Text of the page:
The Victory of Advertising

Just two years after the Japanese air attack on Pearl Harbor, more than 475,000 women would help to manufacture aircraft for the war effort

Before the Japanese air attack on the U.S. Naval base at Pearl Harbor on December 7, 1941, less than one percent of all workers in American aeronautical factories were female. Just two years later, more than 475,000 women would help to manufacture aircraft for the war effort. Another 350,000 would join the Armed Forces.

Due to acute labor shortages throughout the nation, the Office of War Information turned to advertisers for their help with a "Basic Program Plan for Womanpower." The ads would target women who had never before held jobs and, as the plan stated, "These jobs will have to be glorified as a patriotic war service if American women are to be persuaded to take them and stick to them. Their importance to a nation engaged in total war must be convincingly presented."

Women were urged to take all types of jobs, not just positions in defense plants and factories. Without the influx of women entering the work force, according to the Office of War Information, "civilian life would break down." More than six million women entered the work force for the first time, taking jobs as clerks, telephone and elevator operators, and even farmers.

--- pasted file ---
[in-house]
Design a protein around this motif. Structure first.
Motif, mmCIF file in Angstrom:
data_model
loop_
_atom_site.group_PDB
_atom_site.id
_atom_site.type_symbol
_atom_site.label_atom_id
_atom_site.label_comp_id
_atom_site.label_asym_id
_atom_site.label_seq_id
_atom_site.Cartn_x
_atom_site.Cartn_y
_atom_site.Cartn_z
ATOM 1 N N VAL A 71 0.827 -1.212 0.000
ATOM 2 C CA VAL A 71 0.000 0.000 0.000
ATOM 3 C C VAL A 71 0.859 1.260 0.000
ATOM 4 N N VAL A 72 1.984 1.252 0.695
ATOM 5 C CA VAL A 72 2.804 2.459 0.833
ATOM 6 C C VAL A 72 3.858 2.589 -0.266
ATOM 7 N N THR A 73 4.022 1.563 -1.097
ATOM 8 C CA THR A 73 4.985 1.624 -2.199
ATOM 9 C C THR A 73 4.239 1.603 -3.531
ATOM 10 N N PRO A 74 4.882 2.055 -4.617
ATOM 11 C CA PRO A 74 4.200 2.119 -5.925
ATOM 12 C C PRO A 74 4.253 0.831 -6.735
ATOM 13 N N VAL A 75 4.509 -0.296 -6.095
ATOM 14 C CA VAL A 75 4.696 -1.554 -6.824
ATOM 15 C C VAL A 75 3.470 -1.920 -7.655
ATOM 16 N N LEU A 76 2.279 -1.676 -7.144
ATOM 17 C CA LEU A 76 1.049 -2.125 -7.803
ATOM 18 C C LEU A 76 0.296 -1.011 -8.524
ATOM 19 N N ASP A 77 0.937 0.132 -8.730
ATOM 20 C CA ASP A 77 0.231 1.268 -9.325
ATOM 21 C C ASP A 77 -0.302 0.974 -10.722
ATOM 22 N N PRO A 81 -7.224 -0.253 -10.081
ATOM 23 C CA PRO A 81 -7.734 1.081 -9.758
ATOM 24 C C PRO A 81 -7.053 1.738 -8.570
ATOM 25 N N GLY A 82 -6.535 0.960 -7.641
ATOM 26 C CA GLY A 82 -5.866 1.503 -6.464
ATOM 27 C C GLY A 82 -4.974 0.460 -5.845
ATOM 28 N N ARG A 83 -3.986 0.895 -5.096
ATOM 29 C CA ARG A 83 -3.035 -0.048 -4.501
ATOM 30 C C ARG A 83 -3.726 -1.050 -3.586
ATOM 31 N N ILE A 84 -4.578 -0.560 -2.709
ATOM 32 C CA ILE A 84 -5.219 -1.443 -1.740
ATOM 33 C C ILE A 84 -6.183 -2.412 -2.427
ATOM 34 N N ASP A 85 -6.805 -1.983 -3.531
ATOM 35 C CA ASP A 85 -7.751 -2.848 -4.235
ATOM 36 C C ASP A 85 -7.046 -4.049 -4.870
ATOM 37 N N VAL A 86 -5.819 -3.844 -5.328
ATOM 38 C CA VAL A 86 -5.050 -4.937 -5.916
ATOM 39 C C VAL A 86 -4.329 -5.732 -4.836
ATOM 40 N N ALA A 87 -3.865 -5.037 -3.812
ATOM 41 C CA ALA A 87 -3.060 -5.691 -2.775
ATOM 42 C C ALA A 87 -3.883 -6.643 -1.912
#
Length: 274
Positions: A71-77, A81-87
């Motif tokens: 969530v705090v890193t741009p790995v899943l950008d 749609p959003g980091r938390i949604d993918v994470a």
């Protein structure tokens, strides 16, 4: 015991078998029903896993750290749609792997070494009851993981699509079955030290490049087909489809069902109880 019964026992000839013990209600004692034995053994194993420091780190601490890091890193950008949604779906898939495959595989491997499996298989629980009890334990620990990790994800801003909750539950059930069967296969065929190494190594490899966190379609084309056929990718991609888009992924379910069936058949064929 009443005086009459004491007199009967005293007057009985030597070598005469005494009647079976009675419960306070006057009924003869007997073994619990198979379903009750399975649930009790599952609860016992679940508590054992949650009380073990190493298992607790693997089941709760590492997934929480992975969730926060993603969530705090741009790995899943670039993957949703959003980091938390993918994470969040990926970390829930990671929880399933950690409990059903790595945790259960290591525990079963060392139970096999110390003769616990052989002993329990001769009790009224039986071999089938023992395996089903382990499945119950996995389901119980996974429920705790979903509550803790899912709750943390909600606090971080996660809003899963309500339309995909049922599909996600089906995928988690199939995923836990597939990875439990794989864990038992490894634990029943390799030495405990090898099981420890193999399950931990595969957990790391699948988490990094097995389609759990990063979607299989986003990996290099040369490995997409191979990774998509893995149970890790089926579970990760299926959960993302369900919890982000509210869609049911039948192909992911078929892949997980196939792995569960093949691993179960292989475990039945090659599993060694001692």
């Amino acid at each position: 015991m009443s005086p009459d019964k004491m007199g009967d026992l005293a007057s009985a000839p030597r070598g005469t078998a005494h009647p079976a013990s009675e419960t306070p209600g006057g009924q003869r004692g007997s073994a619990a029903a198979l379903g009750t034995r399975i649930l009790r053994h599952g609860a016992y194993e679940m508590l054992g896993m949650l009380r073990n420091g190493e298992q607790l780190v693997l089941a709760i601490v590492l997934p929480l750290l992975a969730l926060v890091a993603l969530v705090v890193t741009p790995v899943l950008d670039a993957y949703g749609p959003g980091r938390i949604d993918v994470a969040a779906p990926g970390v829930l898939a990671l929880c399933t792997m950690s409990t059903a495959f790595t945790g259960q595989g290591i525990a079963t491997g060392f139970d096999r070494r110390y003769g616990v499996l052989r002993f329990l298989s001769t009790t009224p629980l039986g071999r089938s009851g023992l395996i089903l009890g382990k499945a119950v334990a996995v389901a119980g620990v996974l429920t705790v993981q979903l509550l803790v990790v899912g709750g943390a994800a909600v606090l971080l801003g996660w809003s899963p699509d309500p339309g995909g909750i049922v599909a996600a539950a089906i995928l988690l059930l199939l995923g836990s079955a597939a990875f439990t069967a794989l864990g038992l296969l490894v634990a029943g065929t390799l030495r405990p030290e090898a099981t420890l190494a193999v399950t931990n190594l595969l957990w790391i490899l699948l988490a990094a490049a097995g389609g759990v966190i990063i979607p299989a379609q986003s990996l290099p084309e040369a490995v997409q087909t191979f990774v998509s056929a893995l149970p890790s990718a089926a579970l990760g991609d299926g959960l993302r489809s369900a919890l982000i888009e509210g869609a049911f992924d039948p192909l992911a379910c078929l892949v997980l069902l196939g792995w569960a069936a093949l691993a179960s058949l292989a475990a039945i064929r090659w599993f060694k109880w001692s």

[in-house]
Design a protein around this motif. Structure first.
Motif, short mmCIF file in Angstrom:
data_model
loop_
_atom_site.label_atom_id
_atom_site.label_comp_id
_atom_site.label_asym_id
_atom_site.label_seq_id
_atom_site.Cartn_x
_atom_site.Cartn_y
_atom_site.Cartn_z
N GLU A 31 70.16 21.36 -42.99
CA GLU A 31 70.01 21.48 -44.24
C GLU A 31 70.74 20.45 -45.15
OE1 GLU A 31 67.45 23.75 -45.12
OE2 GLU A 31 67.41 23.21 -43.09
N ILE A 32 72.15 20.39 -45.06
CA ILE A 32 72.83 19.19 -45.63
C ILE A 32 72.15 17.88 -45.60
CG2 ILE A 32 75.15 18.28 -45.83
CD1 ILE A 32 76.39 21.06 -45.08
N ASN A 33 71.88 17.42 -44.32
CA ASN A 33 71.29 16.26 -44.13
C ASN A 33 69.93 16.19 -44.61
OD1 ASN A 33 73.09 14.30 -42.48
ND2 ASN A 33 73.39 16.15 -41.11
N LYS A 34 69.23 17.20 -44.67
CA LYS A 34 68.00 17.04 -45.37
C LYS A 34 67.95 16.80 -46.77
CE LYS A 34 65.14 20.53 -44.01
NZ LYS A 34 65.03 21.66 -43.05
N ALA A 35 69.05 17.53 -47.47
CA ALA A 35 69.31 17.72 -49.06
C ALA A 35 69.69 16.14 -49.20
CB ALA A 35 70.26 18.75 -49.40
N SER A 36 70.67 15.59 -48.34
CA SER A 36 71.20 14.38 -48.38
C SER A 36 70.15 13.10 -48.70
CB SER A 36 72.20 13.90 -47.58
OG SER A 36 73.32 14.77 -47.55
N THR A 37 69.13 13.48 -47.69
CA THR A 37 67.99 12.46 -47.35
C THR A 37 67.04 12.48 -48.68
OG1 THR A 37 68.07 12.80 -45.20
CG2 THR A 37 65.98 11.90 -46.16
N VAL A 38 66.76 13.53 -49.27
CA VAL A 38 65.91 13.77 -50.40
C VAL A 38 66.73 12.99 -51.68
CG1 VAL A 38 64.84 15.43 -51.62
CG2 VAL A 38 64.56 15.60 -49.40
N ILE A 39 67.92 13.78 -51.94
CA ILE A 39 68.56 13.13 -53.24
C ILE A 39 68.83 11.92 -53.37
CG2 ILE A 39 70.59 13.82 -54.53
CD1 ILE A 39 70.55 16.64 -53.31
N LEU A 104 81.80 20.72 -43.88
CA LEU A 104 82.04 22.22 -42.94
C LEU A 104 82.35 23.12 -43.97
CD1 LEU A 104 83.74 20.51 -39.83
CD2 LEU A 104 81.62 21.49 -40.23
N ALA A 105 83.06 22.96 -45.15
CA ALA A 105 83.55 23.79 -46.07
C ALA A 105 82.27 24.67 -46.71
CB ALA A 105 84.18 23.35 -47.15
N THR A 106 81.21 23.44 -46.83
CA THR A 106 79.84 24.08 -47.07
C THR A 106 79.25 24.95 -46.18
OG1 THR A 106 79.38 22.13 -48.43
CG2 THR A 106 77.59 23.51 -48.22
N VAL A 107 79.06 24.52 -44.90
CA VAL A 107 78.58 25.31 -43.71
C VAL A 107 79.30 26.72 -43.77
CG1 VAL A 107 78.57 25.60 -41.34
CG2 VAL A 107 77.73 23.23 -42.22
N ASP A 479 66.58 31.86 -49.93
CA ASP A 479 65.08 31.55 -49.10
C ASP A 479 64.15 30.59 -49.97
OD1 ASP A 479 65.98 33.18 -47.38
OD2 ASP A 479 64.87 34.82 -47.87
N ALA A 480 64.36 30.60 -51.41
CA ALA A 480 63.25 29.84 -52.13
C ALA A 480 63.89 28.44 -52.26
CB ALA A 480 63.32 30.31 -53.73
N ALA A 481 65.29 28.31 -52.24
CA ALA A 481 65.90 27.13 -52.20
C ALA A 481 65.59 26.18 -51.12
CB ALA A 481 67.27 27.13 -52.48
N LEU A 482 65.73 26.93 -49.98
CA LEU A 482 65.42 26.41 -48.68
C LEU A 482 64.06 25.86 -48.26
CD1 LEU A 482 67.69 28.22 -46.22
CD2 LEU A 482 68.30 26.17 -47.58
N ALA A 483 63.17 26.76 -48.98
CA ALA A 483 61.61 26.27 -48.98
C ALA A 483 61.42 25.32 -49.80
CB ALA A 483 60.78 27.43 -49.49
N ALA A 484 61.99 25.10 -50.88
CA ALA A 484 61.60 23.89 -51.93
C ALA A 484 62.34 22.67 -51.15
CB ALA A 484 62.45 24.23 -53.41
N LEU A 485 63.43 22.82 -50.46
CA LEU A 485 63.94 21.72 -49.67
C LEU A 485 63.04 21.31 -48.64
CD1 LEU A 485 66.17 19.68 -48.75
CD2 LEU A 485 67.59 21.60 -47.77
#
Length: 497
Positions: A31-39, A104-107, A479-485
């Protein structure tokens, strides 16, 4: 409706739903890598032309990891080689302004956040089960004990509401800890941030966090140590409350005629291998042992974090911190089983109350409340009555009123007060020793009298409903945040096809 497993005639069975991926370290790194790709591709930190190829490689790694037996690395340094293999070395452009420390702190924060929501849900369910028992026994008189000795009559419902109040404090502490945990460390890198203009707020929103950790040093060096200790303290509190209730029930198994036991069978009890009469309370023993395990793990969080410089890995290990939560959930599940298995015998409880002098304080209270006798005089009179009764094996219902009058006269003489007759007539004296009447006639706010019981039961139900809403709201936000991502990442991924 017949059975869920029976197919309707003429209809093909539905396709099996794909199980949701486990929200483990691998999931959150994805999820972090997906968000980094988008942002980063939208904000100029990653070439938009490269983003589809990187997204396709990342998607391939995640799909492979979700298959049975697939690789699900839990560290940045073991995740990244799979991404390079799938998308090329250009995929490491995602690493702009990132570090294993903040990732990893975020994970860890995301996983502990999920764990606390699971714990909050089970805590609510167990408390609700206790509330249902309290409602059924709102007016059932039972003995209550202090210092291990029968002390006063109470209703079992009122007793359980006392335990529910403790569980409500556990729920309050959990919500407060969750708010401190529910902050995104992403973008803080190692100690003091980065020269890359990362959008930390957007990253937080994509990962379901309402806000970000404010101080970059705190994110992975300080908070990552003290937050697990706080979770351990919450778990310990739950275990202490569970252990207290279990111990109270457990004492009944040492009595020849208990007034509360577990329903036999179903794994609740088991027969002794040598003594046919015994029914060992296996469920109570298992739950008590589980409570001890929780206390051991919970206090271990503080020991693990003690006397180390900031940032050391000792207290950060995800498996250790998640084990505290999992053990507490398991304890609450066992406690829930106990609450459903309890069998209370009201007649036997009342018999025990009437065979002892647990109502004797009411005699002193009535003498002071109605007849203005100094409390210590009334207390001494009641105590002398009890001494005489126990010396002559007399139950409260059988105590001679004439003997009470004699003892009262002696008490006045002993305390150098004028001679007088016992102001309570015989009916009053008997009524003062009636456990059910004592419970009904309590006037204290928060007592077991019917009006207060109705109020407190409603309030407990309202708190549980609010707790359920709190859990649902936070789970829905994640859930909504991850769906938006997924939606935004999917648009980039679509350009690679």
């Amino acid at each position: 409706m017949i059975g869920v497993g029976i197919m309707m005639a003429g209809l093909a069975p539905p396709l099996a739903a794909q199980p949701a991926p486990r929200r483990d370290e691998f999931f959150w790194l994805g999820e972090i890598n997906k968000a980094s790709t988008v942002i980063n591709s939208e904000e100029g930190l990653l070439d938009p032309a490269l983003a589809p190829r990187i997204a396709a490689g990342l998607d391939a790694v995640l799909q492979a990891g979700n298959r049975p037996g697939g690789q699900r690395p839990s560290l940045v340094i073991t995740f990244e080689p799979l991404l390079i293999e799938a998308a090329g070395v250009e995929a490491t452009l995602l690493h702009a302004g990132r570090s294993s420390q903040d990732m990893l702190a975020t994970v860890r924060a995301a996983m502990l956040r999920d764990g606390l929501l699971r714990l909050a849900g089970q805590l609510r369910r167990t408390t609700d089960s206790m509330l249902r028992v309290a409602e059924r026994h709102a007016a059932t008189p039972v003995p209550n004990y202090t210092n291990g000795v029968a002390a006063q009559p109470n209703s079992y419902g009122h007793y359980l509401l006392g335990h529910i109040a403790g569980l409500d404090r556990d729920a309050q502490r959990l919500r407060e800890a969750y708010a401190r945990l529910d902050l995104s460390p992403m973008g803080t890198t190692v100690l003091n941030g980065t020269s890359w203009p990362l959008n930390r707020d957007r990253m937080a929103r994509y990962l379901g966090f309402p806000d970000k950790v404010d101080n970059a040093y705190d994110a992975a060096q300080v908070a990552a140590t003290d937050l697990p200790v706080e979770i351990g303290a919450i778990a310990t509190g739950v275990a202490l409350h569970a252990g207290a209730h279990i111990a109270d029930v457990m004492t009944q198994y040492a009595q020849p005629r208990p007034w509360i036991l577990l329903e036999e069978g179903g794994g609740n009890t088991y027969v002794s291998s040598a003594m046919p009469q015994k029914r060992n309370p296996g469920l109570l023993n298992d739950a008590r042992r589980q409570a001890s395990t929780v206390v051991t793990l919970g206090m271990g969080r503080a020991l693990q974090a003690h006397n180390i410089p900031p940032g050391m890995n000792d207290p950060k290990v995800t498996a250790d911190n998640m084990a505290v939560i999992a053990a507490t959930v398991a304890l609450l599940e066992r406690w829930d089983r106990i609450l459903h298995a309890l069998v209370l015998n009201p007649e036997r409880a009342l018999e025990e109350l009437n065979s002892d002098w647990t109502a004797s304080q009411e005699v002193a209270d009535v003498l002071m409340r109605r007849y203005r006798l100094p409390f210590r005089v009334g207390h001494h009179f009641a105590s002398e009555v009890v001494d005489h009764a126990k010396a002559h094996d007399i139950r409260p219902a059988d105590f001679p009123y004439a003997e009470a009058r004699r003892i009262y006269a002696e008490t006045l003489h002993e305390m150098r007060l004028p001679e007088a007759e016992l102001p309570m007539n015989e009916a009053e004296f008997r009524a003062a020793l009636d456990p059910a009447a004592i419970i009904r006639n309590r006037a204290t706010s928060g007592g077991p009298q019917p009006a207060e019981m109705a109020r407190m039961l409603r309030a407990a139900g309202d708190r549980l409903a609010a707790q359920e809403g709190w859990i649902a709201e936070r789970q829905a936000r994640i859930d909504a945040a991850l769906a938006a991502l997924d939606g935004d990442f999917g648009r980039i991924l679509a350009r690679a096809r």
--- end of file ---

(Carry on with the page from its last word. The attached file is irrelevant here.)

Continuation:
Visitors to the Library of Congress Web site can watch a video presentation by Sheridan Harvey, of the Humanities and Social Sciences Division, who has this to say about Norman Rockwell's Saturday Evening Post cover of Rosie the Riveter (below), the iconic female defense worker: "She wears goggles and a shield. In reality, it's unlikely that she would have worn both.... On her lapel you can see various pins—for blood donation, victory, her security badge.... She's wearing loafers. Only after July 1943 were safety shoes with metal toes produced for women. There had been no need to manufacture these shoes in women's sizes before, because women didn't customarily work in dangerous jobs where such shoes were needed. Most women wore their own shoes."

To hear real-life Rosies talking about their work on the homefront (including work at the Goodyear Aircraft factory, in the Army Air Corps, and at various shipyards), visit the Library of Congress Veterans History Project.

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